Septic systems are under-appreciated. Unless you live in a city on a municipal water system, septic systems dispose of all the waste that goes down the drains in your household, small business, church, school, restaurant and more.
Spending a little time and money to maintain your septic system could save you from major headaches and repair costs. But, for many people, septic systems are "out of sight, out of mind."
"A well-maintained system will average about 20 to 30 years of life," says Dick Martindale, an Environmental and Health Protections program manager at the Panhandle Health District (PHD). "It's worth it to maintain your system."
A basic septic system consists of a septic tank that separates solids and grease from the rest of the waste, and a drainfield that further treats and disposes of the wastewater into the ground. The treated wastewater eventually ends up in the local groundwater from which your drinking water well may pump. Or it ends up in nearby surface water in which you may swim.
Just about everyone who lives outside city limits and some people who live within city limits but beyond the reach of municipal water services is on a septic system. About 25,000 septic systems process wastewater in Kootenai County.
"This is your wastewater treatment system," says Shawn Ellison, an Environmental and Health Protections program manager at the Panhandle Health District. "You own it. You're in charge."
To find out if you're on a septic system and where it is, visit the PHD website - www.phd1.idaho.gov - and scroll down to the Septic Permit Search link. Enter your address, parcel number and other information and you'll find your septic permit and a layout of where your septic tank, drainfield and replacement drainfield are located on your property.
Knowing their location will help you protect them from failing. A failing septic system means backed up drains or sewage in your yard. You can avoid failure and the cost of repair with common sense and periodic maintenance.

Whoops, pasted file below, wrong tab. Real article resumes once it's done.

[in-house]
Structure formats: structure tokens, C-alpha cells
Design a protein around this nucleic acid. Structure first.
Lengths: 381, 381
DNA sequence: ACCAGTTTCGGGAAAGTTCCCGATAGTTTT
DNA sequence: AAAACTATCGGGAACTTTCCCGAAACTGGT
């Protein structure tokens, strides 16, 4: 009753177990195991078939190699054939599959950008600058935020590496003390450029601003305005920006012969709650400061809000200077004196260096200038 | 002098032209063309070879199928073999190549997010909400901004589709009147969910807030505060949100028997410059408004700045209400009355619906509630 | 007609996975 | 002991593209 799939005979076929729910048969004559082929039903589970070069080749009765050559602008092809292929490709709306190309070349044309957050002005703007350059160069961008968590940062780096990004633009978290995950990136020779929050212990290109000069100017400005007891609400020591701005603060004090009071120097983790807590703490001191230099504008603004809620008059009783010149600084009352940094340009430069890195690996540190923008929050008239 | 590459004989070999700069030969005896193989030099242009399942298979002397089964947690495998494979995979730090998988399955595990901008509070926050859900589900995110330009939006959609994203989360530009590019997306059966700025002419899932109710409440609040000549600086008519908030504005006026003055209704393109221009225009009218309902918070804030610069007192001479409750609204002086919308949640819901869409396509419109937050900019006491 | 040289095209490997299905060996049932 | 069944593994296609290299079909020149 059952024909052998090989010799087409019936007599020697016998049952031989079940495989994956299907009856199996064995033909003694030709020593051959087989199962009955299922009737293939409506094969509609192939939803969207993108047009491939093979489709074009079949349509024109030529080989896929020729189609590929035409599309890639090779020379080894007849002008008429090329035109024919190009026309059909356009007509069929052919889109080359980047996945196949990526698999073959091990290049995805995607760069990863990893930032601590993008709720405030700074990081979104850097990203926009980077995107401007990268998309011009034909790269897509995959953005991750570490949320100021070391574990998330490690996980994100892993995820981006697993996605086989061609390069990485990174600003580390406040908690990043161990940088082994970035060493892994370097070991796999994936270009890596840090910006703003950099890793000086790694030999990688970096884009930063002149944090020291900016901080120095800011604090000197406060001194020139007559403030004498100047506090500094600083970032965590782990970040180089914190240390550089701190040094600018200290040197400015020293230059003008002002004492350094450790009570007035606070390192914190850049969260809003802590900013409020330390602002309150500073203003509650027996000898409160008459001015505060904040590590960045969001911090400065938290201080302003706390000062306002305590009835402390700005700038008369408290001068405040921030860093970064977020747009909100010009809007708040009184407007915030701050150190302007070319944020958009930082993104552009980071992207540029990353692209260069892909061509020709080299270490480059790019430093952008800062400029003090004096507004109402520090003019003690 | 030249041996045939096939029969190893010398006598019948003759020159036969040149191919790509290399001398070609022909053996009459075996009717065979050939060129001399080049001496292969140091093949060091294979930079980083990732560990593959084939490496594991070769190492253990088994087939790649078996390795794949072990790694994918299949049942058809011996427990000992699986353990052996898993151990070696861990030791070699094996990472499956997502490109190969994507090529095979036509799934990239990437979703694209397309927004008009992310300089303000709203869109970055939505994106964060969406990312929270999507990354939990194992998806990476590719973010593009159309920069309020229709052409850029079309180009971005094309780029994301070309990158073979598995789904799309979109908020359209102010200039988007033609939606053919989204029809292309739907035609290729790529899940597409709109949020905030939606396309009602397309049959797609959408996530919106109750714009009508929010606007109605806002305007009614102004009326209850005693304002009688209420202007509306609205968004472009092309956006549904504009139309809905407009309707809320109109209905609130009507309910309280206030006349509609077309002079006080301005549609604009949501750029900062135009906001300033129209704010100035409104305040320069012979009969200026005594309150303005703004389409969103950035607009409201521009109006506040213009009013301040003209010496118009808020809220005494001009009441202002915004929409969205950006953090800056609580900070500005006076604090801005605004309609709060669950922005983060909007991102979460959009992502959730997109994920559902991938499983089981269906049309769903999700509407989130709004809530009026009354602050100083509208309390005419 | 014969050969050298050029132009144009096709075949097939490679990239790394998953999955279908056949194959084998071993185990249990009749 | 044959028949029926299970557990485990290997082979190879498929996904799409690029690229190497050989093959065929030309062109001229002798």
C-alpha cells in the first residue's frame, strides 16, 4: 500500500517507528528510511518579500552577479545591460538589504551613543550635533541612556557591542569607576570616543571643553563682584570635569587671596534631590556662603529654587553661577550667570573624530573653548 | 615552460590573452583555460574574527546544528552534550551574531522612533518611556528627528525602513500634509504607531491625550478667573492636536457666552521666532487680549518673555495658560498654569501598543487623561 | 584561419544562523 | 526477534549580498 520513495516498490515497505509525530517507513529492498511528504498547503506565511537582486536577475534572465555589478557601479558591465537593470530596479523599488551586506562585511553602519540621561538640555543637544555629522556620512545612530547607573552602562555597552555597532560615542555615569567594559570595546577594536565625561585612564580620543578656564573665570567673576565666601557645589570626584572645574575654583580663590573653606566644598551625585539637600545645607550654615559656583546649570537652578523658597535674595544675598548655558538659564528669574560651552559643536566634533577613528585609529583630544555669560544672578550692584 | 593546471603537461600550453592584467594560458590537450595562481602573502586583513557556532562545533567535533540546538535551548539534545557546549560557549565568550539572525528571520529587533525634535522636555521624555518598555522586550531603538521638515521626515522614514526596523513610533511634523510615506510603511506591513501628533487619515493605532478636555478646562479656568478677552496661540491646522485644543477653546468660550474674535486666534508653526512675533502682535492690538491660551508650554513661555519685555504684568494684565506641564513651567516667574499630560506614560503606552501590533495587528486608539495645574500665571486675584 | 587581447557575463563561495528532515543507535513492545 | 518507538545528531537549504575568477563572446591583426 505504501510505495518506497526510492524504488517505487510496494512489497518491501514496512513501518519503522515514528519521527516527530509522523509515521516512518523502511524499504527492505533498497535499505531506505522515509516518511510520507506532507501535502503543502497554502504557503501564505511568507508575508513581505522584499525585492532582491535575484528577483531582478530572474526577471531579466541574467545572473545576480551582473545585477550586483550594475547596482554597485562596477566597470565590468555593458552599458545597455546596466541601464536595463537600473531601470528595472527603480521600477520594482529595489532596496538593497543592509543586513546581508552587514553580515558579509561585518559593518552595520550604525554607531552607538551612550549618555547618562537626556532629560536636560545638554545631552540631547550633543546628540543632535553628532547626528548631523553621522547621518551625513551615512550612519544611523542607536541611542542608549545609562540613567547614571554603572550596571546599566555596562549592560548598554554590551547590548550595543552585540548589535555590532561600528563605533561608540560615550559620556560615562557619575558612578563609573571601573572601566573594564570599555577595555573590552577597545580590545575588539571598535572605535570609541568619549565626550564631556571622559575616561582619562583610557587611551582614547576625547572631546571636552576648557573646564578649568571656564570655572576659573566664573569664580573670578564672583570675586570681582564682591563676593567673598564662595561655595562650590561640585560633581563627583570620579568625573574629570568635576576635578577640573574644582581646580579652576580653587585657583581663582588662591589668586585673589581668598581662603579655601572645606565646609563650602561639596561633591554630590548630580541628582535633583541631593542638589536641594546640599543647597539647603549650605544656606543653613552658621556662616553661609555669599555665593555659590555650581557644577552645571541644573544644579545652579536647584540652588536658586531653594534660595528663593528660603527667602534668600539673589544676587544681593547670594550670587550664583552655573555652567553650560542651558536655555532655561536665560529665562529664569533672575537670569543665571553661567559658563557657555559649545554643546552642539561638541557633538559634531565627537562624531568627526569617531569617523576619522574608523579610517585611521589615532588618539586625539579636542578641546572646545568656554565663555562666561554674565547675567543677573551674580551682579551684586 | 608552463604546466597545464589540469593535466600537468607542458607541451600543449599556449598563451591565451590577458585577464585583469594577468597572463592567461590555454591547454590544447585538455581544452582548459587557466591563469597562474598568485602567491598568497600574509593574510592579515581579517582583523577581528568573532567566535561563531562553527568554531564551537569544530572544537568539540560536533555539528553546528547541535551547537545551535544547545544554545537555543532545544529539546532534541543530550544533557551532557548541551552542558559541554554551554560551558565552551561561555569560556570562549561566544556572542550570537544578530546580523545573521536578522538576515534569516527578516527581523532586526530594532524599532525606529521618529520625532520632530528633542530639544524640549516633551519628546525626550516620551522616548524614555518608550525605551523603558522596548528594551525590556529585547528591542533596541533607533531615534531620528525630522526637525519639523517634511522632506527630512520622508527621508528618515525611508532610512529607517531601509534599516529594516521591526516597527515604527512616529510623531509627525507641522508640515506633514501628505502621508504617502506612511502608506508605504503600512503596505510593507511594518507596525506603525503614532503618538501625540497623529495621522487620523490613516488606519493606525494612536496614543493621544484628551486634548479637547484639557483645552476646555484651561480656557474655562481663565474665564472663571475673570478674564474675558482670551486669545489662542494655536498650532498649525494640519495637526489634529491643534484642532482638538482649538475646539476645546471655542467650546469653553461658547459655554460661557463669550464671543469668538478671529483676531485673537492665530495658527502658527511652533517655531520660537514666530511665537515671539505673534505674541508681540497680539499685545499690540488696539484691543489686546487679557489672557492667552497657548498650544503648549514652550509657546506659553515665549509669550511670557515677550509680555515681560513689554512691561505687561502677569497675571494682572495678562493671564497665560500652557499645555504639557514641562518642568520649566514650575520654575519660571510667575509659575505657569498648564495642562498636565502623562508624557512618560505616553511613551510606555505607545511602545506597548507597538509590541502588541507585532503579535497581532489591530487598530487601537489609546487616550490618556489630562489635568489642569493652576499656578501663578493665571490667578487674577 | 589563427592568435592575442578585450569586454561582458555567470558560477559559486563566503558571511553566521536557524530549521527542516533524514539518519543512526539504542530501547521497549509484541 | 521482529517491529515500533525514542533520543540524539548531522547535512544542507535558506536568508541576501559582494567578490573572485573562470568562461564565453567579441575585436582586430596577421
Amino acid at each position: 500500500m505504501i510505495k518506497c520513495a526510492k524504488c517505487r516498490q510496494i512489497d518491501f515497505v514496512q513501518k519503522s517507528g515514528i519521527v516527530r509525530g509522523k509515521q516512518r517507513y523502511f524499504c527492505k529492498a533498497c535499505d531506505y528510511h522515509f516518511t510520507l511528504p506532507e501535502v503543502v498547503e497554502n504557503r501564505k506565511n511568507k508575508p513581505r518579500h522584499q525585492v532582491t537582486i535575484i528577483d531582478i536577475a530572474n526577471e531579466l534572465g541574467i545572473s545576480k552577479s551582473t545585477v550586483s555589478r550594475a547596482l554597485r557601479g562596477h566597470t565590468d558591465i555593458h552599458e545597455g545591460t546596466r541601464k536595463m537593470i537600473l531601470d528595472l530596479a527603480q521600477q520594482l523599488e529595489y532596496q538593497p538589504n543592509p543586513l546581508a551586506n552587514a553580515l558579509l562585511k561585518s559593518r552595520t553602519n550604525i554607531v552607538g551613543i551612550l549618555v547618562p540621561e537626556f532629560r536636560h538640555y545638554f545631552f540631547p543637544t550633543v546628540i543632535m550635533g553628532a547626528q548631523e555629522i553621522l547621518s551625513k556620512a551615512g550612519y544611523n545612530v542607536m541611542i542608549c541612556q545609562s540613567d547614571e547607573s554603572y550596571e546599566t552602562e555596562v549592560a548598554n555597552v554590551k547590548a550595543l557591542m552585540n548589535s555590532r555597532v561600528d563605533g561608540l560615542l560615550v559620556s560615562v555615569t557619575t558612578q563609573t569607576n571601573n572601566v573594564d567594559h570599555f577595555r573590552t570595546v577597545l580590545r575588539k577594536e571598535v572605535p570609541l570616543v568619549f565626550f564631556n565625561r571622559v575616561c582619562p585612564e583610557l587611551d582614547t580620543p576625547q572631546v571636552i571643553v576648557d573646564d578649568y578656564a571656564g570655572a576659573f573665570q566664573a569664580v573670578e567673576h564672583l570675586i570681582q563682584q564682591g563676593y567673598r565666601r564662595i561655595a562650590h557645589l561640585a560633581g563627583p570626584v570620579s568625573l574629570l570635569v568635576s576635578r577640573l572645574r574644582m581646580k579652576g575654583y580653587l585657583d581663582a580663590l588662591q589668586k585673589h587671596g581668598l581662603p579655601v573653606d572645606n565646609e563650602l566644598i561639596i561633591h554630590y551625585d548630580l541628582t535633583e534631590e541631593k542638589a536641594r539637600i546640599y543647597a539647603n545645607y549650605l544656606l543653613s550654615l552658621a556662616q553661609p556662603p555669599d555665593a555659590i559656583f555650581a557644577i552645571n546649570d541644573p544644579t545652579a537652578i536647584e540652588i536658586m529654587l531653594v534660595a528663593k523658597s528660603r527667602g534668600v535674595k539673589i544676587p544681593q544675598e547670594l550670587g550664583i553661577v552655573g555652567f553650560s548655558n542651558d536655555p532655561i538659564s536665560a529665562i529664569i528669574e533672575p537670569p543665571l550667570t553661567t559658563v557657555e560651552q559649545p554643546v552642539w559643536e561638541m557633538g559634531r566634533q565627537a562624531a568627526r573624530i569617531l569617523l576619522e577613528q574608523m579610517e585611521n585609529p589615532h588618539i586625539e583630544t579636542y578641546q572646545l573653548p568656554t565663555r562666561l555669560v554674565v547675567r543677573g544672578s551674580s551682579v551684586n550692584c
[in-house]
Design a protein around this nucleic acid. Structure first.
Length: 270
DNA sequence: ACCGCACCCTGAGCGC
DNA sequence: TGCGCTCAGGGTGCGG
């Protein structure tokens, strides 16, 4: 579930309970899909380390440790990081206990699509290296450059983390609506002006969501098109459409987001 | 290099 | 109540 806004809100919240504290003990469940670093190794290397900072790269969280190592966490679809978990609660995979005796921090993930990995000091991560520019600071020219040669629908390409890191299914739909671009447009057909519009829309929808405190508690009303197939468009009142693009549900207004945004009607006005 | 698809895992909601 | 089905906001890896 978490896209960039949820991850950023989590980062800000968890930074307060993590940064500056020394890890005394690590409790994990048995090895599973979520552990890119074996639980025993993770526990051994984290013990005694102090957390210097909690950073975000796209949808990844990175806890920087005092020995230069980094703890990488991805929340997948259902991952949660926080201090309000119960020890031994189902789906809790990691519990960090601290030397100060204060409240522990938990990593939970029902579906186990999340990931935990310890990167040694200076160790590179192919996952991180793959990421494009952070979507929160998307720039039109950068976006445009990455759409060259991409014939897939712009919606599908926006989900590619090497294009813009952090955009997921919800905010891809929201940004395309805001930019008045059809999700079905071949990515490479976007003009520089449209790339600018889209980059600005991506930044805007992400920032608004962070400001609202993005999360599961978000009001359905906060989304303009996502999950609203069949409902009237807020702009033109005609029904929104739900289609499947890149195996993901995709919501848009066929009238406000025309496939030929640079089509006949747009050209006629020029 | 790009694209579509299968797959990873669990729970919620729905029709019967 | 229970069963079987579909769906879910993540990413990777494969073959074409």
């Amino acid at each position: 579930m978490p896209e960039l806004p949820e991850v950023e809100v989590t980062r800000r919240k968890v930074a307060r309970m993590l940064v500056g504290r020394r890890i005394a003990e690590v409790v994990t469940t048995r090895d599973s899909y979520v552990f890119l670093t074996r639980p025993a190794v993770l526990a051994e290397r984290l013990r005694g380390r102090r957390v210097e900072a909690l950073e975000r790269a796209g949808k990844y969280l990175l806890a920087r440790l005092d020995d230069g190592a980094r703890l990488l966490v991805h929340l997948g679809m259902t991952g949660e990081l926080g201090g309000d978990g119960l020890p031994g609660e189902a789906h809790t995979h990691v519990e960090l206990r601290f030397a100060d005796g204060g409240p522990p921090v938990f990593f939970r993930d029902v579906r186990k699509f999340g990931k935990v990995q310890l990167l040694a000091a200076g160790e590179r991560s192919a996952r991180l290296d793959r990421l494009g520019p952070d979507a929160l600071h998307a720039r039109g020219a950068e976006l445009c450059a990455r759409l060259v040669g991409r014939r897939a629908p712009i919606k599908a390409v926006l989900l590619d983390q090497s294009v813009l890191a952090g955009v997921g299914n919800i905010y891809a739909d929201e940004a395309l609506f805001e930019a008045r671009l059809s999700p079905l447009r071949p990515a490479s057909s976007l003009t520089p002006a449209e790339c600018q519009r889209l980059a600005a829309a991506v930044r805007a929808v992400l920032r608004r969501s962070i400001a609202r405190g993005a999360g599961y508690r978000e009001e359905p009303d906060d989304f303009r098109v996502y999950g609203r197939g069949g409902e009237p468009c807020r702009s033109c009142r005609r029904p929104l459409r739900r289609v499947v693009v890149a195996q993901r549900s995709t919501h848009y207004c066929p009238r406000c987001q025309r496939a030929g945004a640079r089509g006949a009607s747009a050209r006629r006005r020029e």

Pump your septic tank about every five years. Everything that goes down your drains goes into your septic tank and separates. Heavy stuff sinks. Light stuff, such as grease, floats. The waste in between leaves the tank by pipe for a drainfield. Eventually, the remaining gunk builds up. If you don't pump it out, it'll clog the tank and drainfield, causing a failure. Pumping costs about $300. A list of licensed pumpers is on the PHD website.
Keep your drainfields clear and open. Drainfields are the soil areas that serve as filters for wastewater. They need air and sunlight. Don't park vehicles or equipment on them or build on them. Don't drain hot tubs onto them. "That area must be protected," Martindale says.
All drainfields fail over time. Keep the designated area for a replacement drainfield clear and ready for use. If your drainfield fails, you can apply for a permit to replace that system and an installer can come out to your property to make a relatively quick repair.
When you're thinking of buying land to build on, the design and location of a septic system should be your first project. Start at PHD to obtain a septic permit. An environmental health specialist will visit the property and help you find the best sites for a drainfield and replacement drainfield.
For more information on caring for septic systems, visit www.phd1.idaho.gov.
Cynthia Taggart is the public information officer for the Panhandle Health District. She can be reached at firstname.lastname@example.org.